Boredom “means your gumption supply is low and must be replenished before anything else is done.”  But while you could use a break from the problem at hand, the work environment that you’re in might be one in which escapist activities (which is what you really need) are frowned upon.  So, you keep going, and “the next thing that happens is the Big Mistake.”

The last trap that Pirsig covered (while acknowledging that there are many more) was impatience.  “Impatience is the first reaction against a setback and can soon turn into anger if you’re not careful.”  In the investment world, the pressure to act can prompt shortcuts and the use of rules of thumb that may not apply to the situation at hand.  Allowing yourself the time to properly explore a problem — and being in an organization that gives you the opportunity to properly explore it — is crucial.  You don’t want to dawdle, but rushing unnecessarily is counterproductive too.  Important projects and decisions require time and space.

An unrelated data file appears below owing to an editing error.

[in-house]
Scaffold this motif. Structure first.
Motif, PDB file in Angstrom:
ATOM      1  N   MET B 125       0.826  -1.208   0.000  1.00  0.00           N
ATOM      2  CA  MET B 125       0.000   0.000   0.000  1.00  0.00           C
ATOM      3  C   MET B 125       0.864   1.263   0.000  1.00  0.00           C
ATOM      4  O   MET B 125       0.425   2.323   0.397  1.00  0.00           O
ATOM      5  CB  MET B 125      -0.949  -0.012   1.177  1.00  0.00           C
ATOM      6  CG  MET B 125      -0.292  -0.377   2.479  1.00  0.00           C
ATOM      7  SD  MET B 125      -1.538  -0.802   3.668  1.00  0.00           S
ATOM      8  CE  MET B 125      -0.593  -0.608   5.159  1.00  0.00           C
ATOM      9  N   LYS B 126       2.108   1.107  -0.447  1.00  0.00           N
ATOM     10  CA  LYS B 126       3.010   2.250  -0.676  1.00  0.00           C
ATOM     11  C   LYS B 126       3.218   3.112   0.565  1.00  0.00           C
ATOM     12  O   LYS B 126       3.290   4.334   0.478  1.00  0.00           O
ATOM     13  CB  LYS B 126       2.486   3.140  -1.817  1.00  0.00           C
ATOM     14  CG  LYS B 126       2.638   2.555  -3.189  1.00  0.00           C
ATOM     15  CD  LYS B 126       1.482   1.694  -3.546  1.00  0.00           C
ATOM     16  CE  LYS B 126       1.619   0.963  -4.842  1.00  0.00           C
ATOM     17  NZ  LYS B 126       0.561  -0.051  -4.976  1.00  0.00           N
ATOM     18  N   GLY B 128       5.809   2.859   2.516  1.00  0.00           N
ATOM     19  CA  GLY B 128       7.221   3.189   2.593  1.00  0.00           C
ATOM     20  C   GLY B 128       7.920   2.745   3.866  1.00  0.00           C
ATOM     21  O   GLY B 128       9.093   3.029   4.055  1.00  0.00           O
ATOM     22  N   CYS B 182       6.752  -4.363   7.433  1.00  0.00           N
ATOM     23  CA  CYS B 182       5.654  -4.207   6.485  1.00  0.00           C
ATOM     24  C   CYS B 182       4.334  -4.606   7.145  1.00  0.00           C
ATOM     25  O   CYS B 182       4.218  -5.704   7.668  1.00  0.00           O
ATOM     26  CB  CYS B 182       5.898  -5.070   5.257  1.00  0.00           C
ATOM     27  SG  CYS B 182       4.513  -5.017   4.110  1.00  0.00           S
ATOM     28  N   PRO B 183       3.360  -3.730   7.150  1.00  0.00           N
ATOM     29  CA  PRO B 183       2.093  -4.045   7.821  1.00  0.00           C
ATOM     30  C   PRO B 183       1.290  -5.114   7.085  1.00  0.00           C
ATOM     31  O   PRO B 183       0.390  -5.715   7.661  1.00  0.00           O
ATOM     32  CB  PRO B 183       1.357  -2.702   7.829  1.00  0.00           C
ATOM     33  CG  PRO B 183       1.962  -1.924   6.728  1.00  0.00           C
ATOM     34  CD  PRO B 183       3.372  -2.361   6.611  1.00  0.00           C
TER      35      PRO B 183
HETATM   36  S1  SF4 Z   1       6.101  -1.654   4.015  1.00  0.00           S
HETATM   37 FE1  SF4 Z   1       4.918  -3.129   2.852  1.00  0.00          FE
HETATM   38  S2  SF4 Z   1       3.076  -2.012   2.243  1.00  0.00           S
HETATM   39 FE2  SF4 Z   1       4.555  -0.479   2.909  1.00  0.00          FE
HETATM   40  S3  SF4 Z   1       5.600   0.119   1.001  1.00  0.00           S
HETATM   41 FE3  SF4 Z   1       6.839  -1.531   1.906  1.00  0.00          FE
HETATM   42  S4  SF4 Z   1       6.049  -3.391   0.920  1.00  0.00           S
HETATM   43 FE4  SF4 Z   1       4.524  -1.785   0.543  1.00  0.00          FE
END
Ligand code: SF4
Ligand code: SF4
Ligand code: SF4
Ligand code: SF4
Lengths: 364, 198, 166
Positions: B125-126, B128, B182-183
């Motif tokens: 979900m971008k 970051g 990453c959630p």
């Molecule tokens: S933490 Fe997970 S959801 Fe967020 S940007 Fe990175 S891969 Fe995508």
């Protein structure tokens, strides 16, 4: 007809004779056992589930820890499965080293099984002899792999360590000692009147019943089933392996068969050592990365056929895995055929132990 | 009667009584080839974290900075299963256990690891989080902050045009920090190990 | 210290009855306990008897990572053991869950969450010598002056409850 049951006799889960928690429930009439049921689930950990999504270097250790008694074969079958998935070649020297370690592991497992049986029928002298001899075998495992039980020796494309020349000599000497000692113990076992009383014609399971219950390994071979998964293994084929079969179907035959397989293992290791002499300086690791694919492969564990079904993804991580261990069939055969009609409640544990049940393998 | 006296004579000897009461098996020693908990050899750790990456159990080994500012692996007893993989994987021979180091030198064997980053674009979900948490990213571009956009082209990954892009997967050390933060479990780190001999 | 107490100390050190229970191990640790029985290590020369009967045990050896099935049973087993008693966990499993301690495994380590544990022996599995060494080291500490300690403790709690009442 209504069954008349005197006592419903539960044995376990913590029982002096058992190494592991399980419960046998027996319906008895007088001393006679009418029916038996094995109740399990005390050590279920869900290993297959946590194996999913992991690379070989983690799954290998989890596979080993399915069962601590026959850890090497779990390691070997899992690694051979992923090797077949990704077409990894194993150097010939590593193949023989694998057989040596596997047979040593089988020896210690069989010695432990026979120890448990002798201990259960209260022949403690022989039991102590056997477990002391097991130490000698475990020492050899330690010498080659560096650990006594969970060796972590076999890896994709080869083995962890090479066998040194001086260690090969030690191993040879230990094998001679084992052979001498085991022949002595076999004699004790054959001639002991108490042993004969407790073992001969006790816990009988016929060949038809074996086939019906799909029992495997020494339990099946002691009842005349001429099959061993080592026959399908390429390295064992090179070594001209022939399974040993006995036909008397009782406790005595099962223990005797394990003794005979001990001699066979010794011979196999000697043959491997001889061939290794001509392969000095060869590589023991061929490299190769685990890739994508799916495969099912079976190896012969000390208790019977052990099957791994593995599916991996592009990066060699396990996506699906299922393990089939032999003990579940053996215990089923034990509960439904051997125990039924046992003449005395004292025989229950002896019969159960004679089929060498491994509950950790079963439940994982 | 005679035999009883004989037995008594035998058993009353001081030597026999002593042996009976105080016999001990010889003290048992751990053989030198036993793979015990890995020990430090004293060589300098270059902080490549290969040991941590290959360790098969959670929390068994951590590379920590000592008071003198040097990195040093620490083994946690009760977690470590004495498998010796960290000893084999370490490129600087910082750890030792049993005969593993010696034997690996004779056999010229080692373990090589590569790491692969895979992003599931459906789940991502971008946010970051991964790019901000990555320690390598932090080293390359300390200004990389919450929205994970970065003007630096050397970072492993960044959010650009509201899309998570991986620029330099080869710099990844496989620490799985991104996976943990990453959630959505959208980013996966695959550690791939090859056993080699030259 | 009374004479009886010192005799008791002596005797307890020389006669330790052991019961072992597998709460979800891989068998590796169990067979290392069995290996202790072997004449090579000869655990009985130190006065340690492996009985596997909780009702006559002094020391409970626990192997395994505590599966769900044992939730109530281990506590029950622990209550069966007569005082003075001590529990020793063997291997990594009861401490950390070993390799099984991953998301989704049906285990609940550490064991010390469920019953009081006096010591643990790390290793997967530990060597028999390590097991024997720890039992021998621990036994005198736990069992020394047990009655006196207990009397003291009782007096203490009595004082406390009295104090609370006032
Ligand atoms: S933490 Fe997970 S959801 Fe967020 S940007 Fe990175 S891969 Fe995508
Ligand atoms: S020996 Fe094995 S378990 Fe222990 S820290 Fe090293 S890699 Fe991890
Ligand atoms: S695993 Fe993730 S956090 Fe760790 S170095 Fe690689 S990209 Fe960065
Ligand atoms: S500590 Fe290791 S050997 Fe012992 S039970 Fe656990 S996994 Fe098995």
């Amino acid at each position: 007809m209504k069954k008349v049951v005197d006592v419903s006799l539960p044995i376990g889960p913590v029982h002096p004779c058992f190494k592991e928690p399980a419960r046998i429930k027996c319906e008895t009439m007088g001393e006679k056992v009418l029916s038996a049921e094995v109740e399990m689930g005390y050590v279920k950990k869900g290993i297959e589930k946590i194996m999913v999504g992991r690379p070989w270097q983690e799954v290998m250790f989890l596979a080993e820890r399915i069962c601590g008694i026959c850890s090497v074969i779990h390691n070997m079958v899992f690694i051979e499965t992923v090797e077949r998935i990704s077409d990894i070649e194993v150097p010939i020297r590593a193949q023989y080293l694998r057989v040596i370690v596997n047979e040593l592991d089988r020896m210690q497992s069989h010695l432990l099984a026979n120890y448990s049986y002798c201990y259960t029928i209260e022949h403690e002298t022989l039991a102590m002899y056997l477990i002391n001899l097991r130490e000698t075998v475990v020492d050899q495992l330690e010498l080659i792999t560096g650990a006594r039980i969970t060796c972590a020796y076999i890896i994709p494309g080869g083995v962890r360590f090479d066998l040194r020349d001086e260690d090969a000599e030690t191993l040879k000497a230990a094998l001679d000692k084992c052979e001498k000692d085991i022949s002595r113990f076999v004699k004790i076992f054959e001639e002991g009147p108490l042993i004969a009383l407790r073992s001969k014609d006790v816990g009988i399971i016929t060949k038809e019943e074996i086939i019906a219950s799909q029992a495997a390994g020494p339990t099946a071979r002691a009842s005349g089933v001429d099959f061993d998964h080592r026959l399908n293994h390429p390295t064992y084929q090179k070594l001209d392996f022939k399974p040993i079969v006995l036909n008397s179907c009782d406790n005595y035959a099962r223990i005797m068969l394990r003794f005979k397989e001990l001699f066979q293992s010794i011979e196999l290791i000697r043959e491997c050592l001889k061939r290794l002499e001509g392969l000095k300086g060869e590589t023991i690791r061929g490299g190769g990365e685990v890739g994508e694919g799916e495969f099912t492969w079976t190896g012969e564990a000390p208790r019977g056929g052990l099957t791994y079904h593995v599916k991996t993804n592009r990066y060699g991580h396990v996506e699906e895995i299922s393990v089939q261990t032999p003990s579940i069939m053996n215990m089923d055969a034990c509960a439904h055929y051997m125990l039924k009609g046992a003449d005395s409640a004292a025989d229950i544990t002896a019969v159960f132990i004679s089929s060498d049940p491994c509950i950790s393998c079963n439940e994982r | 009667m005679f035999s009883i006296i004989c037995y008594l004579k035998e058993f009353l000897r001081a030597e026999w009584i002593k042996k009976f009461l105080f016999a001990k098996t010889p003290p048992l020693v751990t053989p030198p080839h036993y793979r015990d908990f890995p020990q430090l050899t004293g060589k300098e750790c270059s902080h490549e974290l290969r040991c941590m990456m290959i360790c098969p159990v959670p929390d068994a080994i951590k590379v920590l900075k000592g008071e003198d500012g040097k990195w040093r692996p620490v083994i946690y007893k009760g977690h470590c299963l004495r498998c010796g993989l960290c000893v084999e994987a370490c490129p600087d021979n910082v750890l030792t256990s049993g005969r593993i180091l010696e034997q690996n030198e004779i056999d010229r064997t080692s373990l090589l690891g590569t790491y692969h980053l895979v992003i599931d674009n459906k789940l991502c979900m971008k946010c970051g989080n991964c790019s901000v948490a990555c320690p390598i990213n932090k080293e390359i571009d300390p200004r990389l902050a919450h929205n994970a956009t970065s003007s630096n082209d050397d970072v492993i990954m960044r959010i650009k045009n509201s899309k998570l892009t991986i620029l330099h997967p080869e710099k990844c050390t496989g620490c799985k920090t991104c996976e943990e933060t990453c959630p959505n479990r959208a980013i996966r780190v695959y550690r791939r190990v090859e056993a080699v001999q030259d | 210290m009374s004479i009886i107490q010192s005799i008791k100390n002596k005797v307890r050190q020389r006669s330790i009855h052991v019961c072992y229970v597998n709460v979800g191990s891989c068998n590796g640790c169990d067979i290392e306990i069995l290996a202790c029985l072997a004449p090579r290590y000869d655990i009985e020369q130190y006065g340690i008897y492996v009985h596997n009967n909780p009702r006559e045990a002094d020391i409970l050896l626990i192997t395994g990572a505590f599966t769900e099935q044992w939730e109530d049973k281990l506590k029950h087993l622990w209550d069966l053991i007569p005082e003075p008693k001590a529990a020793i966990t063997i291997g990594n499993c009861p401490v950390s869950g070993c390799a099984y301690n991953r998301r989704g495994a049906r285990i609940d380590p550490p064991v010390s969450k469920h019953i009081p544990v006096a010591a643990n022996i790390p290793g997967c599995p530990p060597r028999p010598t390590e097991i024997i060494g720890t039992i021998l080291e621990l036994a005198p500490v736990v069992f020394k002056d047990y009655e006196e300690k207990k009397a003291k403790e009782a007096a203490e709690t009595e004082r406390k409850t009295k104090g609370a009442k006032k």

I wish I had a gumption meter so that I could see when I’m running low.  In the hustle and bustle of everyday life and in response to the demands of work, it’s easy to miss the signals.  In fact, I’d like there to be some other indicators on the dashboard that tell me what’s causing the depletion.

By now I ought to know which traps I get caught in time after time and recognize the warning signs.  How can I be so oblivious?  I suppose it’s the human condition, but at this advanced age you’d think I’d be better at avoiding the same problems I’ve encountered (or caused) before.

I’m still trying.  And reading ZMM again helped.

This is the third in a series on ideas found in ZMM.the research puzzle | This is where it begins.  The next one is about getting unstuck.tjb research | To receive notifications for each new posting, sign up here.